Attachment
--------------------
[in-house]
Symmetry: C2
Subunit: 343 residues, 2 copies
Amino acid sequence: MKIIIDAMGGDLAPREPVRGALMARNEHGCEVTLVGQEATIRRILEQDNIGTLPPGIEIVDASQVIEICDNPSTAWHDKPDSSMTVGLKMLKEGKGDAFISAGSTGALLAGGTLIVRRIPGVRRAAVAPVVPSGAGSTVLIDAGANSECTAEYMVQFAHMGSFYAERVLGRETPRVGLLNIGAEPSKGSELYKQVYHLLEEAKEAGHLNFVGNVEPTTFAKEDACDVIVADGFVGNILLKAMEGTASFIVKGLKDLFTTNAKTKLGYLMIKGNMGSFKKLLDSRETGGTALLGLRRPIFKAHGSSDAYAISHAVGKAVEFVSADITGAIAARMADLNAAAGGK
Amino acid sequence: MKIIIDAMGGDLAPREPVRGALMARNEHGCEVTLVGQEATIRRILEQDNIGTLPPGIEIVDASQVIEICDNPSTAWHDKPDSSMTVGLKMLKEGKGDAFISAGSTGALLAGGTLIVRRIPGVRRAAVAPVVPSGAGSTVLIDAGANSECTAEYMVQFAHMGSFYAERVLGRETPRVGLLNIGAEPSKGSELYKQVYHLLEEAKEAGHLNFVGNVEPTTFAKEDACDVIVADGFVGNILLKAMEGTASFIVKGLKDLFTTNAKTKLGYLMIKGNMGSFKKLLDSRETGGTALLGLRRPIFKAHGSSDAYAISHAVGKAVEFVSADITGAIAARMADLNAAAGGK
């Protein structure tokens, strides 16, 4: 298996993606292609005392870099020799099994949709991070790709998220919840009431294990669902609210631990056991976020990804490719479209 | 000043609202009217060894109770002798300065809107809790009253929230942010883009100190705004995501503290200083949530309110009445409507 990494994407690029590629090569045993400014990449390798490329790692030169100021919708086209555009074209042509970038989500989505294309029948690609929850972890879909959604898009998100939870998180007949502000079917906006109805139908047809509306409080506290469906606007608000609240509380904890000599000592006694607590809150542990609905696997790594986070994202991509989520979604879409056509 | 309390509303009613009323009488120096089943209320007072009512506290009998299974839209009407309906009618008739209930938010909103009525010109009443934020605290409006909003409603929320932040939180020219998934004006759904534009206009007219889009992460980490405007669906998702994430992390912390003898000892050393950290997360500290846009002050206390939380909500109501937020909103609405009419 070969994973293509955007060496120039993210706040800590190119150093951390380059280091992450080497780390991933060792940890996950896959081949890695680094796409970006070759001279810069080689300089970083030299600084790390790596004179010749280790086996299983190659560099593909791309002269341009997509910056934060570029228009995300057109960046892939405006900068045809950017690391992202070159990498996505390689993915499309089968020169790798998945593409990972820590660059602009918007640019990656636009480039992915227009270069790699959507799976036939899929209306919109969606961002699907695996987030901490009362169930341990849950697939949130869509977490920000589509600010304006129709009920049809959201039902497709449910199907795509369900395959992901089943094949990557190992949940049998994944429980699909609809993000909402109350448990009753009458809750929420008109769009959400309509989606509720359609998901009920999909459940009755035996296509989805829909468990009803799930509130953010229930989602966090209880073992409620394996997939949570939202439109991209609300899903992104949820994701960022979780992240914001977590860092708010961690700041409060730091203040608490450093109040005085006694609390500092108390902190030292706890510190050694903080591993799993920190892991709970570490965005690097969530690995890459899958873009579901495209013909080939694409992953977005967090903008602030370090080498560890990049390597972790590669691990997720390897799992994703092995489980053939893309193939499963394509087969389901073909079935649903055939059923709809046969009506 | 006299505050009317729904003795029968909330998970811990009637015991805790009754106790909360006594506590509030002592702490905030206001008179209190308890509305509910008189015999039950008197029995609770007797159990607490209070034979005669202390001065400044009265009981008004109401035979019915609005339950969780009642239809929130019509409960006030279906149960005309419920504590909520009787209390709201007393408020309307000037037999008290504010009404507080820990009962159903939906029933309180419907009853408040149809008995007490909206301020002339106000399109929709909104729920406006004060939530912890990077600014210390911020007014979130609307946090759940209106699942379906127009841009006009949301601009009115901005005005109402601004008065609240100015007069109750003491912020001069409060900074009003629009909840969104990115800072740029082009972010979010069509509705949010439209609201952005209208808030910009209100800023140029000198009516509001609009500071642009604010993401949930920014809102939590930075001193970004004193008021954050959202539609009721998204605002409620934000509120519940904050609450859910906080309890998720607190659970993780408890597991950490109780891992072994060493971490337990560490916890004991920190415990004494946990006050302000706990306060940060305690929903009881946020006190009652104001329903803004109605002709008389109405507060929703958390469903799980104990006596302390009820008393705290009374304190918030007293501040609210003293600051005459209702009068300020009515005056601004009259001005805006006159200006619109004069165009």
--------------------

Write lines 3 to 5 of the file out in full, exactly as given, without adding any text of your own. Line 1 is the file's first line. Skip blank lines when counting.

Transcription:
Subunit: 343 residues, 2 copies
Amino acid sequence: MKIIIDAMGGDLAPREPVRGALMARNEHGCEVTLVGQEATIRRILEQDNIGTLPPGIEIVDASQVIEICDNPSTAWHDKPDSSMTVGLKMLKEGKGDAFISAGSTGALLAGGTLIVRRIPGVRRAAVAPVVPSGAGSTVLIDAGANSECTAEYMVQFAHMGSFYAERVLGRETPRVGLLNIGAEPSKGSELYKQVYHLLEEAKEAGHLNFVGNVEPTTFAKEDACDVIVADGFVGNILLKAMEGTASFIVKGLKDLFTTNAKTKLGYLMIKGNMGSFKKLLDSRETGGTALLGLRRPIFKAHGSSDAYAISHAVGKAVEFVSADITGAIAARMADLNAAAGGK
Amino acid sequence: MKIIIDAMGGDLAPREPVRGALMARNEHGCEVTLVGQEATIRRILEQDNIGTLPPGIEIVDASQVIEICDNPSTAWHDKPDSSMTVGLKMLKEGKGDAFISAGSTGALLAGGTLIVRRIPGVRRAAVAPVVPSGAGSTVLIDAGANSECTAEYMVQFAHMGSFYAERVLGRETPRVGLLNIGAEPSKGSELYKQVYHLLEEAKEAGHLNFVGNVEPTTFAKEDACDVIVADGFVGNILLKAMEGTASFIVKGLKDLFTTNAKTKLGYLMIKGNMGSFKKLLDSRETGGTALLGLRRPIFKAHGSSDAYAISHAVGKAVEFVSADITGAIAARMADLNAAAGGK